The Fight for Life

The Fight for Life

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The Fight for Life

The Medical Services in the Gallipoli Campaign 1915-16




Language:English
Format:Paperback
Dimensions:6.7" x 9.6"
Pages:342
Photos:34 b/w photos, 6 b/w maps, 5 b/w sketches, 2 diagrams, 4 tables
Publisher:Helion and Company
ISBN:9781804513255
Item No. 9781804513255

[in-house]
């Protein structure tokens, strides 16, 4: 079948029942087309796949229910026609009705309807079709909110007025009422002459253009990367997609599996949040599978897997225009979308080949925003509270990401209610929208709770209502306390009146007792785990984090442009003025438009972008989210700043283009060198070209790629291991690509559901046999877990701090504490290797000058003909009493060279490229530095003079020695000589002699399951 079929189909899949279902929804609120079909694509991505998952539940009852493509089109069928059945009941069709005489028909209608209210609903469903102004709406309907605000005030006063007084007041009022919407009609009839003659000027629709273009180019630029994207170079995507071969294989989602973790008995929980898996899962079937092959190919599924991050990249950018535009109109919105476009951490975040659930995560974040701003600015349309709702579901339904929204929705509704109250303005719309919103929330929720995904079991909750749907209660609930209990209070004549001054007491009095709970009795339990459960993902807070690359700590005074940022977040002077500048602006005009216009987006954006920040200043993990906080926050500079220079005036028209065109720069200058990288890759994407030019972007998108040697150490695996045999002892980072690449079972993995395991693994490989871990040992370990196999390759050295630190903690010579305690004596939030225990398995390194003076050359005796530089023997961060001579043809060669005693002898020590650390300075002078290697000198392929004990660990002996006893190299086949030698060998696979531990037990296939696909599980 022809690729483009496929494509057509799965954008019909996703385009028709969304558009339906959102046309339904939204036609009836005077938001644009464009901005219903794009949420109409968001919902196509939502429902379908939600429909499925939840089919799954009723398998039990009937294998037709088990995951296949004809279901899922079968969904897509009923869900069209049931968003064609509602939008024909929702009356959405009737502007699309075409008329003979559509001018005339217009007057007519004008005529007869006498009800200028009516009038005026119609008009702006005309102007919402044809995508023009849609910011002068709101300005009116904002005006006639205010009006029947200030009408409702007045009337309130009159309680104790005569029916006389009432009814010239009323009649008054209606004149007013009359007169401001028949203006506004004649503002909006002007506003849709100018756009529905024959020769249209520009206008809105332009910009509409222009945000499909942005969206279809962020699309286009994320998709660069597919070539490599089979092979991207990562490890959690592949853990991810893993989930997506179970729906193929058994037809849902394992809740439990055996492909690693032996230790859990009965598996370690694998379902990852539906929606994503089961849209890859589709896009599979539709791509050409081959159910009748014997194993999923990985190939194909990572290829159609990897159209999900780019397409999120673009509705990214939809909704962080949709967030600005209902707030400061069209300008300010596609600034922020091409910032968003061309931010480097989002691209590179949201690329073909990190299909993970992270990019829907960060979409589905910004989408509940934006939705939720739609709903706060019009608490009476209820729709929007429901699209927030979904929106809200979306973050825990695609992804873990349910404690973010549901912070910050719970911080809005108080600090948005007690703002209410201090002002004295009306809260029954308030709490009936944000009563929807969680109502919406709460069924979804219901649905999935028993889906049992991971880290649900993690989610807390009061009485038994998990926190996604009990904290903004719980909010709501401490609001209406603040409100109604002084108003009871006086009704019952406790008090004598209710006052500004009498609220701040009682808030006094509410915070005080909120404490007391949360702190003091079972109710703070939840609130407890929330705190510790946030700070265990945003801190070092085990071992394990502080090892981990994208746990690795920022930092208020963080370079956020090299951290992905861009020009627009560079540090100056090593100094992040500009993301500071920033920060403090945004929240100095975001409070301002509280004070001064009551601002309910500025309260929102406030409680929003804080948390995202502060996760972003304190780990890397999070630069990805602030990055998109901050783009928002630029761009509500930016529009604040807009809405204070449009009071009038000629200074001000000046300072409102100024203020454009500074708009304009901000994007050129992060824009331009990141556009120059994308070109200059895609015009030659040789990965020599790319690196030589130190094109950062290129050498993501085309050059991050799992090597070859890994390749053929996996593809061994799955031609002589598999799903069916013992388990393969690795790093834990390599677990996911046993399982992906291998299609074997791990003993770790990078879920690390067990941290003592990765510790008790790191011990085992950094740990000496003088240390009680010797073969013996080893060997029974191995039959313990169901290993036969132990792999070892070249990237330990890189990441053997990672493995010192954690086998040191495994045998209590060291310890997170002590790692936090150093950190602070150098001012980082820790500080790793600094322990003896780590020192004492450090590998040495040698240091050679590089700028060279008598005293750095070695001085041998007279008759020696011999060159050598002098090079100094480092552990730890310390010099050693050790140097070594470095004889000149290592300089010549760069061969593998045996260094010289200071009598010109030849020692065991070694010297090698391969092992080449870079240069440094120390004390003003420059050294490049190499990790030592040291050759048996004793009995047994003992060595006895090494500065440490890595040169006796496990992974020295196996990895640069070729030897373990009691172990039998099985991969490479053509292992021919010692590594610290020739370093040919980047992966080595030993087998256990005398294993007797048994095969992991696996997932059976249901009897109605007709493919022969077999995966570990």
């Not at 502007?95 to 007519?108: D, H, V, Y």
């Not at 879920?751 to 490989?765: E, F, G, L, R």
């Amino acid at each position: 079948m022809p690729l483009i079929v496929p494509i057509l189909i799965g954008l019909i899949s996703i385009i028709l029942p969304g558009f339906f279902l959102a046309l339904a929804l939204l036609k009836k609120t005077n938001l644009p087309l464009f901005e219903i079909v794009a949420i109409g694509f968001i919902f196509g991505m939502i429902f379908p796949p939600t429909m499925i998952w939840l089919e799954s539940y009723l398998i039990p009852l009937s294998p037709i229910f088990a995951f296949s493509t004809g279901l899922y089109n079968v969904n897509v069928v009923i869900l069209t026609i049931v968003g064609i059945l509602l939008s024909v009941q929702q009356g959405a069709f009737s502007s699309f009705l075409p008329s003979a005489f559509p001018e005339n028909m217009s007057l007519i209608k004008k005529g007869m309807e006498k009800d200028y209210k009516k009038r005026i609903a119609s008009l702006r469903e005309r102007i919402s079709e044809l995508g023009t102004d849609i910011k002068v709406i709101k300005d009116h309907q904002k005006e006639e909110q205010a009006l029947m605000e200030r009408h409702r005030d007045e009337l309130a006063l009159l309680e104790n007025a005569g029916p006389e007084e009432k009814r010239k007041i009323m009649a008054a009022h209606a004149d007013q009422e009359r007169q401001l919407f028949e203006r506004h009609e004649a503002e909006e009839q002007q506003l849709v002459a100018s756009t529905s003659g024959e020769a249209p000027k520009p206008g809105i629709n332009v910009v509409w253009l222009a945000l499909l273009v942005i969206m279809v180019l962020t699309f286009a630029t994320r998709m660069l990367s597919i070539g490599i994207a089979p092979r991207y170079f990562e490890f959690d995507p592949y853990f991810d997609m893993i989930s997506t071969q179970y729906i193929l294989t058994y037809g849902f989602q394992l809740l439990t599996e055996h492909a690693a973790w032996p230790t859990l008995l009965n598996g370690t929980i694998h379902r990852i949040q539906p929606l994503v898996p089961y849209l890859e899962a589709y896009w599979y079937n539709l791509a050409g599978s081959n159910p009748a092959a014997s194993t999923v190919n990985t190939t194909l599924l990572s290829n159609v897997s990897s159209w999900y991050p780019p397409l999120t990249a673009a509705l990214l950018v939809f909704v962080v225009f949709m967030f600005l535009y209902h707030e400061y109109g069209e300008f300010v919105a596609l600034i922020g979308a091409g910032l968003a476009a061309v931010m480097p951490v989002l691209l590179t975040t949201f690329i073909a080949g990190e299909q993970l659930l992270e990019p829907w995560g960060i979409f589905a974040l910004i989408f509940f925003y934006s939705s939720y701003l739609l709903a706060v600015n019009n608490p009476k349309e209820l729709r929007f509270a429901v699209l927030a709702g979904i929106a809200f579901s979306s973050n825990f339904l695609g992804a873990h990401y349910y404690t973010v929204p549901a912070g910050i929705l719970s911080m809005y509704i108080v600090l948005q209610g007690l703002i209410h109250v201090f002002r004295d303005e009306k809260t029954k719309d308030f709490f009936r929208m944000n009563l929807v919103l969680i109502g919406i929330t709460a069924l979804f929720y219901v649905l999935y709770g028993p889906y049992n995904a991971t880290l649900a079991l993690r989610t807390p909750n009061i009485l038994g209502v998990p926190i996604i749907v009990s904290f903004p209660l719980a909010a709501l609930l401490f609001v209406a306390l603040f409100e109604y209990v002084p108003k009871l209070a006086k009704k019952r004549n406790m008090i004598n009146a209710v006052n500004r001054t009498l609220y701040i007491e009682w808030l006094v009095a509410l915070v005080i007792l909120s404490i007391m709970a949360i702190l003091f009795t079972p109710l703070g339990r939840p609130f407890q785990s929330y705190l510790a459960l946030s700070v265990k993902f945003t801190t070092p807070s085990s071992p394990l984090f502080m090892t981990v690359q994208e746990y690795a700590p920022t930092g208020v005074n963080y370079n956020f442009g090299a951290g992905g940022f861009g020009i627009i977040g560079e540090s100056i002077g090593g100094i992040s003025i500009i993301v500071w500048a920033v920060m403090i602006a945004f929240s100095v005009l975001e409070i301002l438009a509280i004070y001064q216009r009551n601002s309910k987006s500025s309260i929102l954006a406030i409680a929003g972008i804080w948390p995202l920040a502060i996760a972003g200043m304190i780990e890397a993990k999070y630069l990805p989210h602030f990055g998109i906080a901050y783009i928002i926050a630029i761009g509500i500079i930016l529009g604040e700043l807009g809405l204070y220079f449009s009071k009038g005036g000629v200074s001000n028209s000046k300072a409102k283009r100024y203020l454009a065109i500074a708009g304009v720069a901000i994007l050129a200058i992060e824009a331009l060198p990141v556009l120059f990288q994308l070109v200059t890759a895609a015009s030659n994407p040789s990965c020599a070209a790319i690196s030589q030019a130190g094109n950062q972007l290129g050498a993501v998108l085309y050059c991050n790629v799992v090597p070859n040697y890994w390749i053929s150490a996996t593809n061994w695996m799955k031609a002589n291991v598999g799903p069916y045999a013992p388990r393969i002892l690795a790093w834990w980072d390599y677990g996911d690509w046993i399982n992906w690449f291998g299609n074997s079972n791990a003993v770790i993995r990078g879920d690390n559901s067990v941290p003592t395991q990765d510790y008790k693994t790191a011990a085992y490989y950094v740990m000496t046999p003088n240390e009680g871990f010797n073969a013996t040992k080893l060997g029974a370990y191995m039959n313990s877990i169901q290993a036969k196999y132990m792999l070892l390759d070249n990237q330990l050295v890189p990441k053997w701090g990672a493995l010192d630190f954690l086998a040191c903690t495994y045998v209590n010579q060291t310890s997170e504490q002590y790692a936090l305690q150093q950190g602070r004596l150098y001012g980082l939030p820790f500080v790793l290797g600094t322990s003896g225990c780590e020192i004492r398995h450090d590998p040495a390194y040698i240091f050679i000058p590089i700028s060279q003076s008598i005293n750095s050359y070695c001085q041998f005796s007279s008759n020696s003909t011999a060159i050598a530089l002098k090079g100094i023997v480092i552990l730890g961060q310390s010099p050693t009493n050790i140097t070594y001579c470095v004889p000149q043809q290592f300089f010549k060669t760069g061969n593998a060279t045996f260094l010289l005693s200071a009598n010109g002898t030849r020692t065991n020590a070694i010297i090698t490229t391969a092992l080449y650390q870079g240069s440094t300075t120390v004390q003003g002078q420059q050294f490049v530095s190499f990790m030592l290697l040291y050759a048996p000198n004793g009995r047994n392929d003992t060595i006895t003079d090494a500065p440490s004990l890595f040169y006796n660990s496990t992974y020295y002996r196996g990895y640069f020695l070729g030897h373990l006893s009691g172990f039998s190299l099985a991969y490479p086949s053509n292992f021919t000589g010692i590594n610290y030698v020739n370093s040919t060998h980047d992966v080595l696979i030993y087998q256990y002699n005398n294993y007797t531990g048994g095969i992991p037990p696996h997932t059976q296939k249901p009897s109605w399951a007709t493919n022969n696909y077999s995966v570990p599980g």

The Fight for Life: The Medical Services in the Gallipoli Campaign 1915–16 examines the development of the medical services immediately prior to the First World War and its involvement in the failed Gallipoli Campaign. Although crucial to the entire operation, the planning for their involvement was both late and insufficient. In consequence, the services received considerable criticism both during and after the campaign. The Fight for Life explores the actual steps taken in the planning and the work carried out by the medical services at each stage of the campaign. Casualties sustained at the start of the Gallipoli operations were mainly combat-related but, as operations developed, there were a large number of sick caused by diseases such as dysentery and enteric fever. Much of this was related to poor sanitation, absence of water and the ever-present plague of flies. The causes of the diseases are examined and considered in light of the overall lack of success of the initial landings which prevented the routine development of sanitation, rest camps and base hospitals. The development of base hospitals is considered in respect to the increasing casualties arriving from the battlefield and the development of institutions in Egypt and later in Malta is considered in some detail. Early planning for such hospitals underestimated casualty figures and this was also a direct result of the lack of success during the first phase of the campaign. Further to this, the employment of hospital ships is explored together with the oft-criticized use of transports or ‘Black Ships’ for the same purpose. These vessels were a vital link in the treatment of the wounded and sick of the peninsula and in many cases they were forced to act as floating casualty clearing stations as their staff treated thousands, moving some to hospitals at both Lemnos and Imbros before sailing to base hospitals in Alexandria, Cairo or indeed Malta. The importance of nursing care aboard these ships is also considered, as nurses struggled to cope under adverse conditions.The harrowing winter 1915–16 storms are considered from the medical standpoint which added stress to a system working to cope with day-to-day casualties. The role played by the medical services in the evacuation of the peninsula is considered and the organization required for removal of casualties during the preparations cannot be overstated. Finally, a short analysis of the findings of the Dardanelles Commission as it applies to the medical services is provided.